Hospital Dr News

Public satisfaction with NHS high but waiting times and staff shortages a problem

The British public’s satisfaction with the NHS remained steady in 2016, according to King’s Fund research.

The findings from the British Social Attitudes (BSA) survey, carried out by the National Centre for Social Research between July and October 2016, show 63% of people were satisfied with the NHS. Satisfaction remains high by historic standards, but is seven percentage points below its peak of 70% in 2010.

The results show:

  • among the 63% of respondents who said they were satisfied with the NHS in 2016, the most frequently cited reasons were the quality of care (65%), care being free at the point of use (59%), and the range of services available (47%)
  • among the 22% who were dissatisfied with the NHS, the most frequently cited reasons were waiting times (54%), lack of staff (48%), and lack of funding (45%)
  • satisfaction with GP services was 72%, which, as in previous years, is higher than for any other NHS service

There was no statistically significant difference between the levels of satisfaction reported by supporters of the Conservatives (66%), Labour (63%), and Liberal Democrats (68%) in 2016. In the past, satisfaction levels have tended to be higher among supporters of the governing party.

The survey also shows that people continued to be much more satisfied with the NHS than social care. Only 26% of respondents were satisfied with local authority social care services, less than half the level of satisfaction with the least popular NHS service (A&E).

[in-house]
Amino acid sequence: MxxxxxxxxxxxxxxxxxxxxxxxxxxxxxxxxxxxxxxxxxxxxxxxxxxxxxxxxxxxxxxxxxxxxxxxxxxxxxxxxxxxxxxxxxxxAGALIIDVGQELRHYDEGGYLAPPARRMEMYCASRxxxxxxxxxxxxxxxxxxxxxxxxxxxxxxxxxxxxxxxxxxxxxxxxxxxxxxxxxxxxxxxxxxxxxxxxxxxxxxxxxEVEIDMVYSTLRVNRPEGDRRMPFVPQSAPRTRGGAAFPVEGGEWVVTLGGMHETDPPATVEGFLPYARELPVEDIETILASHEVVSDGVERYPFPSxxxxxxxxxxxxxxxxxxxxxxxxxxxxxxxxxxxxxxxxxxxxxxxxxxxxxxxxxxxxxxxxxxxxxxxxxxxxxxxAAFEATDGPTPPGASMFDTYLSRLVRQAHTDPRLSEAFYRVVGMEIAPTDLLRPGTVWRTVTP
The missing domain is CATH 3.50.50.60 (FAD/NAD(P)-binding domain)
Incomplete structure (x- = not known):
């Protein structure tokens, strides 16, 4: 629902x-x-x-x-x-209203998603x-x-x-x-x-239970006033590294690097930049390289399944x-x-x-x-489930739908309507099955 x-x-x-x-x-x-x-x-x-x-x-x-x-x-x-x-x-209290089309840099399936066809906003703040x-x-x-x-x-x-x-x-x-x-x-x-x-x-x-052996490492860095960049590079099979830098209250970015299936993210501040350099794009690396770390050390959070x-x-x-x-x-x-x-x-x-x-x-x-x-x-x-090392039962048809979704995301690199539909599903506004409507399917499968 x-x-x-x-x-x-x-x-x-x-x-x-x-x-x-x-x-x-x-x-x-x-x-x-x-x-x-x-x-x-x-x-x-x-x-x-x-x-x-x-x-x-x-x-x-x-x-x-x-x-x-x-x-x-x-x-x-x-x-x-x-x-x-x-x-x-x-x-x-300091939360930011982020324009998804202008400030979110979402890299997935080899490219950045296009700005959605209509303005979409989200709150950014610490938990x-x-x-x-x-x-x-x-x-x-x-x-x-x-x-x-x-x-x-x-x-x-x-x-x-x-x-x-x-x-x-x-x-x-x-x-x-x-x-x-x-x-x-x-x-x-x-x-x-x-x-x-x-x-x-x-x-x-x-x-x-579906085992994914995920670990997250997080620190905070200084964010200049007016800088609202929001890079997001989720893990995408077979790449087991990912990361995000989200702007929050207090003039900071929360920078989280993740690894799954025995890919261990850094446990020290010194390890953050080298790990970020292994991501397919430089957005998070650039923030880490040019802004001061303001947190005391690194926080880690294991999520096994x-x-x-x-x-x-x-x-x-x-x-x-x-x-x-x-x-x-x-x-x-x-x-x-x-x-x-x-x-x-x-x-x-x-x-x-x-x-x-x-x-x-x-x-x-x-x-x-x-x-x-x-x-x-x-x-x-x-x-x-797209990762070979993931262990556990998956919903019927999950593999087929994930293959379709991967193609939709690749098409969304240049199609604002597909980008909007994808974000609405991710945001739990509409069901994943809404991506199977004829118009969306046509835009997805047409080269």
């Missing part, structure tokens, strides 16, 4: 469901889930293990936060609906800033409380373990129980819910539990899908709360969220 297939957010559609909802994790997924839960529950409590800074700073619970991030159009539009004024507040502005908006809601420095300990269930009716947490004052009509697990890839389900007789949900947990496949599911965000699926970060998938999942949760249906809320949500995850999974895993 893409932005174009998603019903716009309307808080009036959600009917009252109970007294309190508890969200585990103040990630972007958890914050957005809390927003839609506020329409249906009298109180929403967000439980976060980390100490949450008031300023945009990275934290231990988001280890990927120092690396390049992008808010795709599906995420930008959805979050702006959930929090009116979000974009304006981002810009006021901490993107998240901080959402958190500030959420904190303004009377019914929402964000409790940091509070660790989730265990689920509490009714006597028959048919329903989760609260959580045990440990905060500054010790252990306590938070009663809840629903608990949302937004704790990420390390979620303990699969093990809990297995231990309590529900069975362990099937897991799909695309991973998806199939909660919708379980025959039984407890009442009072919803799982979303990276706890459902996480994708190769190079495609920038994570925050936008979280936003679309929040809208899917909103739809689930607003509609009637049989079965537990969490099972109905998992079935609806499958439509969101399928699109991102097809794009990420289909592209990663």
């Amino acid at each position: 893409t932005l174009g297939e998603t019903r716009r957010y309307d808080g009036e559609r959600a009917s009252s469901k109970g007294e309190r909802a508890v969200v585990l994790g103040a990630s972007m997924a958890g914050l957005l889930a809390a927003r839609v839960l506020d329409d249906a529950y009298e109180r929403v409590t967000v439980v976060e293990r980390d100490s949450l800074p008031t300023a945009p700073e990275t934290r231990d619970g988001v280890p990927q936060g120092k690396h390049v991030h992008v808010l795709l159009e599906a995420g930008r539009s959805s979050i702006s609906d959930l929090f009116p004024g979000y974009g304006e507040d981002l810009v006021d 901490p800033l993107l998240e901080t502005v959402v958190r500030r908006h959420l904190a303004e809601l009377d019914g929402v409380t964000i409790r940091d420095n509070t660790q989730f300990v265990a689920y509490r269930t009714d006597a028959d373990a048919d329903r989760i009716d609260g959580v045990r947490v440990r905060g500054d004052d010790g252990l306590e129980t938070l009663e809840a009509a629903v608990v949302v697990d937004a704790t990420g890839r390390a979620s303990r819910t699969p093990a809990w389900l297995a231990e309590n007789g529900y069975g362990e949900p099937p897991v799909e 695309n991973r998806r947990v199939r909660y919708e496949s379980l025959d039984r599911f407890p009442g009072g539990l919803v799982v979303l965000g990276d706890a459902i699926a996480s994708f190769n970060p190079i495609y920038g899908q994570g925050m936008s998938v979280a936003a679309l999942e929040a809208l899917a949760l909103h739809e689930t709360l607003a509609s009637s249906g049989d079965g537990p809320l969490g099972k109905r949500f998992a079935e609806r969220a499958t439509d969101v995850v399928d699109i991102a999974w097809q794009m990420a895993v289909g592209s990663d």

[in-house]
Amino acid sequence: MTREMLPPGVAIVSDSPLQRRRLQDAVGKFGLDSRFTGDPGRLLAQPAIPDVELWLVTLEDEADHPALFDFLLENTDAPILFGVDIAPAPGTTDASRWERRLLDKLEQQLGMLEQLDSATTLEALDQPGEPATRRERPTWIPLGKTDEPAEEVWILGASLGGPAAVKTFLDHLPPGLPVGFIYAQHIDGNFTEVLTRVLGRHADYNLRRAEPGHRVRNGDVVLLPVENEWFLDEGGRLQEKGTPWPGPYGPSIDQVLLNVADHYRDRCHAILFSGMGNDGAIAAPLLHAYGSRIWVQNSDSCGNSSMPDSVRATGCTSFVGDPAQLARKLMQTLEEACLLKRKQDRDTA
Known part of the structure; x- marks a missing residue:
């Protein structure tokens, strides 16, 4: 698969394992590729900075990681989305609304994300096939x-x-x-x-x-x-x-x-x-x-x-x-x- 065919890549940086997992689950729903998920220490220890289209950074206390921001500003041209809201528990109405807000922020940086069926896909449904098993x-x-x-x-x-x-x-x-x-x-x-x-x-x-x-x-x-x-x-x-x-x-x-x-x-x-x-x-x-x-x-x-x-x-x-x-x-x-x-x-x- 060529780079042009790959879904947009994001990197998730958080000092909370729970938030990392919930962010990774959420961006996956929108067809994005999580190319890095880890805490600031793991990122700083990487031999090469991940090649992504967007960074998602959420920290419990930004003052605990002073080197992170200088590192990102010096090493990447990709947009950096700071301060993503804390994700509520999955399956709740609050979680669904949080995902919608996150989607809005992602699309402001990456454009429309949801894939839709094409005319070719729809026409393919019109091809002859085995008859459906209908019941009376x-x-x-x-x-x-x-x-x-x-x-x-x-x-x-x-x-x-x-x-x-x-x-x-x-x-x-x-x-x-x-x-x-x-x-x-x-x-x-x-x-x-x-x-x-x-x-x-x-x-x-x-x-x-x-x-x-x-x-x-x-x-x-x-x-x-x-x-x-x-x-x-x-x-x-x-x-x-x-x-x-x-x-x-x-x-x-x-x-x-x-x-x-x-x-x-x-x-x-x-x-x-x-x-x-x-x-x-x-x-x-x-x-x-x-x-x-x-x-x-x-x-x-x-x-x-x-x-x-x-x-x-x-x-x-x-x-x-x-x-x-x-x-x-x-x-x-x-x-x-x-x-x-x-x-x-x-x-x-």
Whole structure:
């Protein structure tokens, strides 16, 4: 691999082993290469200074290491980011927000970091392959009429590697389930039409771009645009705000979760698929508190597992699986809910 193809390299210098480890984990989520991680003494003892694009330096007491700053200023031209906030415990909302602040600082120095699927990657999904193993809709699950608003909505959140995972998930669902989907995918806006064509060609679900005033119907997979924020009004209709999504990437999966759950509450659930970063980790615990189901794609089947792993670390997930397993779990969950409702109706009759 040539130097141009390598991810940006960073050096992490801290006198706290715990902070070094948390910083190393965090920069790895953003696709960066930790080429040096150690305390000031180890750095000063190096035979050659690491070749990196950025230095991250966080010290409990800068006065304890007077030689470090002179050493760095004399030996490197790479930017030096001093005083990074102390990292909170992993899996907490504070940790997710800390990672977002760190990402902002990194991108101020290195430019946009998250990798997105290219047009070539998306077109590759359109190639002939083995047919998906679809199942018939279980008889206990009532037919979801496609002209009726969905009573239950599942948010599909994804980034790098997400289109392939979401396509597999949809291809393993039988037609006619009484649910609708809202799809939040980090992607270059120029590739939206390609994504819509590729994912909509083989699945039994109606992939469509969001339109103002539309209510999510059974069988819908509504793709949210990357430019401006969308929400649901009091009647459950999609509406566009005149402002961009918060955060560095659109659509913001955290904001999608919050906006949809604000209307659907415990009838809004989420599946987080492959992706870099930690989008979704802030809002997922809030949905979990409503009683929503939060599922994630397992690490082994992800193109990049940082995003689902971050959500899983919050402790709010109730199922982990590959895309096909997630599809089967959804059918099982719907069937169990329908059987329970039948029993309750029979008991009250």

Ruth Robertson, policy fellow at The King’s Fund, said: “The survey findings demonstrate the high value the British public place on the quality of care provided by the NHS and how they cherish the availability of a comprehensive service that is free at the point of use.

“It’s unsurprising that dissatisfaction with the NHS is mostly driven by waiting times, staff shortages, and underfunding, as the NHS is facing severe financial pressures.

“These results also show once again that people are much less satisfied with social care services than with the NHS. This may partly be due to the public having less understanding of what social care services are, but it also reflects the crisis facing social care funding. The clear dissatisfaction with social care services reinforces the importance of the government’s Green Paper later this year as a crucial opportunity to put social care on a sustainable footing.”

Commenting on the report, Dr Mark Porter, BMA council chair, said: “The NHS is one of the best health services in the world, but with the main areas of dissatisfaction around waiting times, staff shortages and lack of funding it is clear that the public know all too well that the health service is under ever greater pressure and is at breaking point.

“It is unsurprising to see that satisfaction with social care has dropped. The current crisis in social care is a direct result of inadequate funding and failures within the social care system hugely affect an already stretched, overworked and underfunded NHS. For doctors to look after patients well, social care needs to be well-funded and adequately staffed.

“The NHS remains under enormous pressure and patients deserve more than sticking-plaster measures for such a vital public service.”

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